To Pivot or Not to Pivot?
Shadi and Damir debate the "ought" and "is" of foreign policy. Also: do Americans care about democracy promotion?
In this subscribers-only Q&A, Shadi and Damir talk delve into interesting territory—including about Al Pacino.
The Problem with Pivots and Pacino
A reader has a question for us, which allows Damir to share his film knowledge.
Given America's pivot to Asia, and its apparent deemphasis of European interests, how do you see American national security interests progressing, and what kind of roles do the political machine and the public play here? —Andreas Kaju @andreaskaju
Damir: I always think back to that overwrought Al Pacino scene in Godfather Part III...
Obama was right when he complained that steering the ship of state to a completely different course is very difficult. His own "Pivot to Asia" was a notable failure, even though he, too, sought to de-emphasize Europe. Had Hillary Clinton won, she probably would have redoubled her commitments to the pivot, just as the Biden Administration has, after the undisciplined Trump interregnum.
But just because one wants to pivot doesn't mean one gets to pivot. What we're seeing in Ukraine is proof of that. Russia has sensed an opportunity and is pushing its advantage. As long as we remain committed to European security, we will get pulled back into European affairs if the Russians demand it.
As for the political machine and the public, I don't know. I don't think voters much care about the details. But politically, it's never a good look to be losing, especially against telegenic peer competitors like Russia and China. From a purely opportunistic standpoint, I fully expect Republicans to make much hay over Biden being a weak foreign policy president, capitulating on Afghanistan. If major concessions are made to Russia in Europe, expect that to be added to the list of failures.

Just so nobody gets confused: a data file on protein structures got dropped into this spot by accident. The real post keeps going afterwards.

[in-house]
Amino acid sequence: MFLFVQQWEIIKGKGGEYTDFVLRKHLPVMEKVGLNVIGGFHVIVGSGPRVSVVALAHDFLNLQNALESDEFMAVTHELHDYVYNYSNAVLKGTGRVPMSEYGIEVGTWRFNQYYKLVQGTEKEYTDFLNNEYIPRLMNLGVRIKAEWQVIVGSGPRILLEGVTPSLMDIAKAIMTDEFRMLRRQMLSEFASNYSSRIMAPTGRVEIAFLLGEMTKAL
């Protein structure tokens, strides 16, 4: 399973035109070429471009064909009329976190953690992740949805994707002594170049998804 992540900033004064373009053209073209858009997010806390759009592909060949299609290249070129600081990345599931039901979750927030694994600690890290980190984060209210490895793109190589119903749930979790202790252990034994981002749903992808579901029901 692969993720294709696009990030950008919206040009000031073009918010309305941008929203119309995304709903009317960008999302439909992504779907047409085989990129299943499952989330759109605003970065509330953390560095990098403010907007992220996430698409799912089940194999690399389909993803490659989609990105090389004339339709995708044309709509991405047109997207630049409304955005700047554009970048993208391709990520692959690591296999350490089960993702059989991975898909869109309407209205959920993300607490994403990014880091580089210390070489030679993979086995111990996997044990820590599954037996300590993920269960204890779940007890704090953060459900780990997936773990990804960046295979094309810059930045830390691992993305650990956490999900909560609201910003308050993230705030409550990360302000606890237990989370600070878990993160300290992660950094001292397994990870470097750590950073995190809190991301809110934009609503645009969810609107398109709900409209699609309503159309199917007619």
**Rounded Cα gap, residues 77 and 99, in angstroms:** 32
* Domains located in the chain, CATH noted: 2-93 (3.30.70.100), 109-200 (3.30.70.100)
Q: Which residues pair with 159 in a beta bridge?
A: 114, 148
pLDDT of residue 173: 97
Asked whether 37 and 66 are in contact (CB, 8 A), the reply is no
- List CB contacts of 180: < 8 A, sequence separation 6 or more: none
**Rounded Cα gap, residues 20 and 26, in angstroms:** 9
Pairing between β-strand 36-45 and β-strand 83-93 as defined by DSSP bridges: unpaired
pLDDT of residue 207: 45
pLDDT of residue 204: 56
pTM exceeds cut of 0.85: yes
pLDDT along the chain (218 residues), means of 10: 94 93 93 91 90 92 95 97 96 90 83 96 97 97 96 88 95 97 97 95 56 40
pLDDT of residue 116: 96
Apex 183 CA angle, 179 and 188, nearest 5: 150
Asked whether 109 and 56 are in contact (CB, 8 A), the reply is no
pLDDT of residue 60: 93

Empty Promises and NATO Expansion
Thinking about the Ukraine issue, what should be the criteria be for NATO expansion? Should NATO only expand to countries that would not elevate tensions with Russia? Was it a mistake to promise Ukraine membership in 2008? If so, was NATO's expansion into the Balkans and the Baltic states also a mistake? —Aakash
Shadi: Damir's the expert here, but my own two cents is that if you're going to promise something, you should have a plan for meeting that promise. Empty rhetoric is the worst of both worlds. If you don't want to do something and you have no intention of doing it, then don't say you're going to do it. It almost sounds too obvious. There's a big (and inconclusive) debate in the academic literature about credibility. But some of this is surely intuitive and observable. When Russia pushes hard and sees that Western powers don't have the courage of their convictions, presumably they take note. How could they not? In this regard, the George W. Bush administration's failure to respond to Russia's aggression against Georgia in 2008 set a precedent.
As for NATO expansion, if it can only expand to countries that wouldn't elevate tensions with Russia, then there would be no NATO expansion. That may be fine, as an outcome, but it does no one any favors to pretend that NATO expansion is a real thing in that case.
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